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Spinal anesthesia superior to general anesthesia for hip replacement


Spinal anesthesia superior to general anesthesia for hip replacement

CHINA: Total-hip arthroplasty (THA) or hip replacement is a painful procedure, performed frequently. Patients undergoing THA may be offered either spinal anesthesia or general anesthesia. Now, a recent study published in the journal Medicine found that spinal anesthesia is superior to general anesthesia in terms of the occurrence of nausea and shorten the length of hospital stay. 

In patients undergoing total hip arthroplasty, choosing an optimal anesthetic technique remains debated. Pu Xiang, Anesthesiology Department, Jingjiang People’s Hospital, Jingjiang, Jiangsu Province, China, and colleagues conducted this meta-analysis to test the efficacy of general and spinal anesthesia in patients undergoing THA.

The researchers looked for data from randomized controlled trials (RCTs) that compared the use of general and spinal anesthesia for patients undergoing THA were retrieved. Five RCTs with 487 THAs were finally included for meta-analysis.

The primary outcome was to compare total blood loss. The secondary outcomes were the occurrence of deep venous thrombosis (DVT), the occurrence of nausea, and the length of hospital stay.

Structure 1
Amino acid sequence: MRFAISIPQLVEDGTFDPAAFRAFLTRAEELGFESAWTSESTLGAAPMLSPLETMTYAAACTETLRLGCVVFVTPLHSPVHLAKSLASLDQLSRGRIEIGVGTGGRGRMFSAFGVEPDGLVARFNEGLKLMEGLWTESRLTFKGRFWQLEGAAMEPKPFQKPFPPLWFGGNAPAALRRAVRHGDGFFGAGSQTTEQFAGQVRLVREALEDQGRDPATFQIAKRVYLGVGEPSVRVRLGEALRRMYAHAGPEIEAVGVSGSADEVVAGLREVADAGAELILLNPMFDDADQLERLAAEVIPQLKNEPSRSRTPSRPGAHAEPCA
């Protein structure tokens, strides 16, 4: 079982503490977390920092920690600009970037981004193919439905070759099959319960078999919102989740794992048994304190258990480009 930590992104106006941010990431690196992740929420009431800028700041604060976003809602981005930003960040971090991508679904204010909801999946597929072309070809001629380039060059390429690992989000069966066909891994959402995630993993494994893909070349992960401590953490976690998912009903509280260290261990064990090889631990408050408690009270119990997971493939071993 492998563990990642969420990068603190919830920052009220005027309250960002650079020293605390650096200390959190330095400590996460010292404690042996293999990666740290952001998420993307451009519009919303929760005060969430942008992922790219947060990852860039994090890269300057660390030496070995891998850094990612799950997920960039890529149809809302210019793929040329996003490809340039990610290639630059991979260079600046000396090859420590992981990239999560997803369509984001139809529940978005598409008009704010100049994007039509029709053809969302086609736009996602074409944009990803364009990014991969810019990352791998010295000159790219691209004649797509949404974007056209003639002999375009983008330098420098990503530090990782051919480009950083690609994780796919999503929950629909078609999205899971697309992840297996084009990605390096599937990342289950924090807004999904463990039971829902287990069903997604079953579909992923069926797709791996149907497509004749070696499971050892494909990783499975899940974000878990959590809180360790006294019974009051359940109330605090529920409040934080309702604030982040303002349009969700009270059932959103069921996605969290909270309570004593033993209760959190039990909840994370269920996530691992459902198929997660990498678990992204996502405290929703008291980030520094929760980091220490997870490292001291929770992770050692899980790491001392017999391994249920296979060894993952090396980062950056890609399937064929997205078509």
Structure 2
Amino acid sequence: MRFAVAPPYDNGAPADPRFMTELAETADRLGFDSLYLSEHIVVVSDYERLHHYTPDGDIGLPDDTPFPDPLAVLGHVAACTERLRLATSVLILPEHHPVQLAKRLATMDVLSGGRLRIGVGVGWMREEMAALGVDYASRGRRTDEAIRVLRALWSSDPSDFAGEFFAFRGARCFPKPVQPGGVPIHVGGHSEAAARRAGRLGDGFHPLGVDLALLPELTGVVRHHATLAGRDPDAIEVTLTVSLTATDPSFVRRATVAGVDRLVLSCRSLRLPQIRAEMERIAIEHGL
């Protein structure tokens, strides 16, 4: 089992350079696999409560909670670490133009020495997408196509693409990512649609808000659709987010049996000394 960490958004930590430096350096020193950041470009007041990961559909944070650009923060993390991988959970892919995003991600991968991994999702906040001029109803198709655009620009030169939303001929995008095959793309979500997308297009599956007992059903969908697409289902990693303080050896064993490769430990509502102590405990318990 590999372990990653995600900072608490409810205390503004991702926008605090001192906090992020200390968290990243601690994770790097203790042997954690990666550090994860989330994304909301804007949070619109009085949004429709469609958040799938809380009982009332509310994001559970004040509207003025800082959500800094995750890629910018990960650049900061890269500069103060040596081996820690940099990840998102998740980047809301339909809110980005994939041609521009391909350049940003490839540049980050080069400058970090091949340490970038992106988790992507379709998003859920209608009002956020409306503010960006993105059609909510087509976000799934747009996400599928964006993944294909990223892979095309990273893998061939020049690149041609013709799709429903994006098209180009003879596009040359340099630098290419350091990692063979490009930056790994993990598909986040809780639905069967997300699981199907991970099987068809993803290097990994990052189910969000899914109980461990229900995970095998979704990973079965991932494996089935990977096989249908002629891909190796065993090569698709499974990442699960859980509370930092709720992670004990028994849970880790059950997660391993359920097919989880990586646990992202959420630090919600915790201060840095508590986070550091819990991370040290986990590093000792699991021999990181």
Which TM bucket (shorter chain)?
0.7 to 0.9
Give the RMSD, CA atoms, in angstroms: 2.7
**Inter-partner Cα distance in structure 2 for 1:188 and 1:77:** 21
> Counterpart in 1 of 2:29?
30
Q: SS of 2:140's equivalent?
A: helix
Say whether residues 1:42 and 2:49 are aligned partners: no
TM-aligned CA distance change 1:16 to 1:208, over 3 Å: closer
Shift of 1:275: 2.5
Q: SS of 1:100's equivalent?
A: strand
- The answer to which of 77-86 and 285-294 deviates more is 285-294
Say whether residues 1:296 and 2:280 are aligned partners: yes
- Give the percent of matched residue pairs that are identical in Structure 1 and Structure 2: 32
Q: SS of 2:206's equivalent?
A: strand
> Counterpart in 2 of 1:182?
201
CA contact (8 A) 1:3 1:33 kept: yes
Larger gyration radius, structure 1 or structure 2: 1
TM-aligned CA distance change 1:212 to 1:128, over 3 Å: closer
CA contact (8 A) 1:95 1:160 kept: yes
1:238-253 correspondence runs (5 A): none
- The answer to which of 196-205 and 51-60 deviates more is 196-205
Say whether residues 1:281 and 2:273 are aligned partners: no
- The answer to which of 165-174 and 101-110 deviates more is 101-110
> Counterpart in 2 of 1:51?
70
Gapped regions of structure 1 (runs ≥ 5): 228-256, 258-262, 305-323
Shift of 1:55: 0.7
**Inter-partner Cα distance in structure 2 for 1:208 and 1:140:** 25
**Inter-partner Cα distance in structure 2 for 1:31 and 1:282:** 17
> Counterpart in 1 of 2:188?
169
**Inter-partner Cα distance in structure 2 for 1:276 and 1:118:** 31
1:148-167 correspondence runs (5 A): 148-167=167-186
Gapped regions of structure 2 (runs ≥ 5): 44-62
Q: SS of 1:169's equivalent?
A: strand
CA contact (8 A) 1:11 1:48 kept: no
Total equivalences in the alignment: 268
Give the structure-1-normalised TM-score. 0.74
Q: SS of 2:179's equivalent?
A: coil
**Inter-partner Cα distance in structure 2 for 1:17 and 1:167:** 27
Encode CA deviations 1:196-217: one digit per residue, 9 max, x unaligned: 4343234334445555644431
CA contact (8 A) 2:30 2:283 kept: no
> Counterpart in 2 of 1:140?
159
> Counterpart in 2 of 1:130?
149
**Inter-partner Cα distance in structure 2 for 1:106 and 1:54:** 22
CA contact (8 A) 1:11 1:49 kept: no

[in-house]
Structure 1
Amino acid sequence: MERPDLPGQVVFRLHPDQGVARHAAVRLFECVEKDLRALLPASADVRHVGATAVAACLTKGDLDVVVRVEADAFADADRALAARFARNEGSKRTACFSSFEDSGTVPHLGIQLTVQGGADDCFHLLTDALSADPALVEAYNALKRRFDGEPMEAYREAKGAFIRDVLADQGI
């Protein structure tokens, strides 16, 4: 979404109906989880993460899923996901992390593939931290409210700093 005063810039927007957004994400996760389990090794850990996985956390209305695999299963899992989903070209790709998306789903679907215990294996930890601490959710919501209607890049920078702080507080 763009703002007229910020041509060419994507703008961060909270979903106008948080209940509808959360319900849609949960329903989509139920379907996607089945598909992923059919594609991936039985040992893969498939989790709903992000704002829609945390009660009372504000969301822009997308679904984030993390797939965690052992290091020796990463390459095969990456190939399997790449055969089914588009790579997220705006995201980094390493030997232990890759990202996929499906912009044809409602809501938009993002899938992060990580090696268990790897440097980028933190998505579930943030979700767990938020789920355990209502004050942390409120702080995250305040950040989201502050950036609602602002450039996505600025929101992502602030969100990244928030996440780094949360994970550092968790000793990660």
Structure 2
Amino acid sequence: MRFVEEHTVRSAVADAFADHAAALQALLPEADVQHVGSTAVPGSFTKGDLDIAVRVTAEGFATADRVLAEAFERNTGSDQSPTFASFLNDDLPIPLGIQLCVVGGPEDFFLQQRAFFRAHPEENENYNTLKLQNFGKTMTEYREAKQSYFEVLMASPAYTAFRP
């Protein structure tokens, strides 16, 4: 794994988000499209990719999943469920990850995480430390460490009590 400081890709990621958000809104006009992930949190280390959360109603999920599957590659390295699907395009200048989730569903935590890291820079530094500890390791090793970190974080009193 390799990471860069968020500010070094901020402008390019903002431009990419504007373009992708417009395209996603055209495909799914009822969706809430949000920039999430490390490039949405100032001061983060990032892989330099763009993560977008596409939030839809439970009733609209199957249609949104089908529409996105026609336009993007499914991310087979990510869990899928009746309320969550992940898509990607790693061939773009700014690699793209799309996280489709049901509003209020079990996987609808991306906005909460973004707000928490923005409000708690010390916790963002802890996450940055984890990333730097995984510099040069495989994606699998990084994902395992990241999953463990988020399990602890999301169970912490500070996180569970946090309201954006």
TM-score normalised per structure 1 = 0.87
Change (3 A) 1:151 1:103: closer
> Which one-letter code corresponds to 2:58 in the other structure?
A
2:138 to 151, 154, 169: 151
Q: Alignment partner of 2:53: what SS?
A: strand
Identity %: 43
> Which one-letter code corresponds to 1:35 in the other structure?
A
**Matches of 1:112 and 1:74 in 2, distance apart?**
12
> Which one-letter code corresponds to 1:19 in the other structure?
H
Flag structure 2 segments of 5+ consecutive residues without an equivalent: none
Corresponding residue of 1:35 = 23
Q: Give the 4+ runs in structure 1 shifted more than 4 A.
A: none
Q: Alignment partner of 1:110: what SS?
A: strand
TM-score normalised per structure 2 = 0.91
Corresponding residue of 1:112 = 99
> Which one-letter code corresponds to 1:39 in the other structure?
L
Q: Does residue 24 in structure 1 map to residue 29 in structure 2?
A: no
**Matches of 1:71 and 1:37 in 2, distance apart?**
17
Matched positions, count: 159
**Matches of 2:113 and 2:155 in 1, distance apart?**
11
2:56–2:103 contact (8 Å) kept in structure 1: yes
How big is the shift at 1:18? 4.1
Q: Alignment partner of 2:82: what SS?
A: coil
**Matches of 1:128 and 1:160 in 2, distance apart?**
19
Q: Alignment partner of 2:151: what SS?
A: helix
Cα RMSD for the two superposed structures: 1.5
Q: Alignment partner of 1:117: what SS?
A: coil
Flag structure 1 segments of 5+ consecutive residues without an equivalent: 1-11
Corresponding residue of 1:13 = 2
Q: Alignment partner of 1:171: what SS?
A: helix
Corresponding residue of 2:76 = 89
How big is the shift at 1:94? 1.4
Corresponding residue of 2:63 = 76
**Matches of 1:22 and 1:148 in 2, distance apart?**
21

Also Read: Hip replacement surgery on 105-Year-Old, Delhi Doctor applies for Guinness Record

They found that:

  • There was no significant difference between the general anesthesia and spinal anesthesia in terms of the total blood loss and the occurrence of DVT.
  • Compared with general anesthesiaspinal anesthesia was a significant reduction in the occurrence of nausea and the length of hospital stay.

Also Read: High intake of Vitamin B6 and Vitamin B12 may increase risk of hip fracture in women: JAMA

“In conclusion, we found that spinal anesthesia was superior to general anesthesia in terms of the occurrence of nausea and shorten the length of hospital stay. There was no significant difference between perioperative blood loss and the occurrence of DVT. Future research should be aimed at the optimal drug and dose for spinal anesthesia. In addition, more well-designed RCTs should be performed to confirm these results,” wrote the authors.

For detailed study follow the link: doi: 10.1097/MD.0000000000014925

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Source: With inputs from Medicine

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